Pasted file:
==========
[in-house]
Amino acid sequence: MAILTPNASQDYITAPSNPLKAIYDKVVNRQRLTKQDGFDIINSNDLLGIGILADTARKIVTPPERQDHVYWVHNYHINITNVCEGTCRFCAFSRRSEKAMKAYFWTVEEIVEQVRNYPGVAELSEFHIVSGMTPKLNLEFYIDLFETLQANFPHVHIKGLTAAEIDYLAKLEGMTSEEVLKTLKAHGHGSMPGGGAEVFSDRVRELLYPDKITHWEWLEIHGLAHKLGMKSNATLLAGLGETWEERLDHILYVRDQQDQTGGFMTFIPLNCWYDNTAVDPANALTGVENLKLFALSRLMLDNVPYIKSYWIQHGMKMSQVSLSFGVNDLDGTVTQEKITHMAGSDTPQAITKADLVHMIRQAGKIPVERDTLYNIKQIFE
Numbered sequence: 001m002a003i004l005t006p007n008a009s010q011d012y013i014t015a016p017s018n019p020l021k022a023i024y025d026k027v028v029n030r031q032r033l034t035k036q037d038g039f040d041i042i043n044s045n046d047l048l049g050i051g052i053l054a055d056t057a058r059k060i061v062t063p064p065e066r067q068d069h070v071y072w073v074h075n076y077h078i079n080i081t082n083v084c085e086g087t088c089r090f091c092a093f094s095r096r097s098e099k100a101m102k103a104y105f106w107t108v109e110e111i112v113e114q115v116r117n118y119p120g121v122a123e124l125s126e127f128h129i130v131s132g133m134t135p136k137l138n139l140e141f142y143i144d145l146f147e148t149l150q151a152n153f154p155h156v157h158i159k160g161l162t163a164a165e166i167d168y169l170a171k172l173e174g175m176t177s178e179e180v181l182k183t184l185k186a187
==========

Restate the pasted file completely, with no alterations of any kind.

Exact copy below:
[in-house]
Amino acid sequence: MAILTPNASQDYITAPSNPLKAIYDKVVNRQRLTKQDGFDIINSNDLLGIGILADTARKIVTPPERQDHVYWVHNYHINITNVCEGTCRFCAFSRRSEKAMKAYFWTVEEIVEQVRNYPGVAELSEFHIVSGMTPKLNLEFYIDLFETLQANFPHVHIKGLTAAEIDYLAKLEGMTSEEVLKTLKAHGHGSMPGGGAEVFSDRVRELLYPDKITHWEWLEIHGLAHKLGMKSNATLLAGLGETWEERLDHILYVRDQQDQTGGFMTFIPLNCWYDNTAVDPANALTGVENLKLFALSRLMLDNVPYIKSYWIQHGMKMSQVSLSFGVNDLDGTVTQEKITHMAGSDTPQAITKADLVHMIRQAGKIPVERDTLYNIKQIFE
Numbered sequence: 001m002a003i004l005t006p007n008a009s010q011d012y013i014t015a016p017s018n019p020l021k022a023i024y025d026k027v028v029n030r031q032r033l034t035k036q037d038g039f040d041i042i043n044s045n046d047l048l049g050i051g052i053l054a055d056t057a058r059k060i061v062t063p064p065e066r067q068d069h070v071y072w073v074h075n076y077h078i079n080i081t082n083v084c085e086g087t088c089r090f091c092a093f094s095r096r097s098e099k100a101m102k103a104y105f106w107t108v109e110e111i112v113e114q115v116r117n118y119p120g121v122a123e124l125s126e127f128h129i130v131s132g133m134t135p136k137l138n139l140e141f142y143i144d145l146f147e148t149l150q151a152n153f154p155h156v157h158i159k160g161l162t163a164a165e166i167d168y169l170a171k172l173e174g175m176t177s178e179e180v181l182k183t184l185k186a187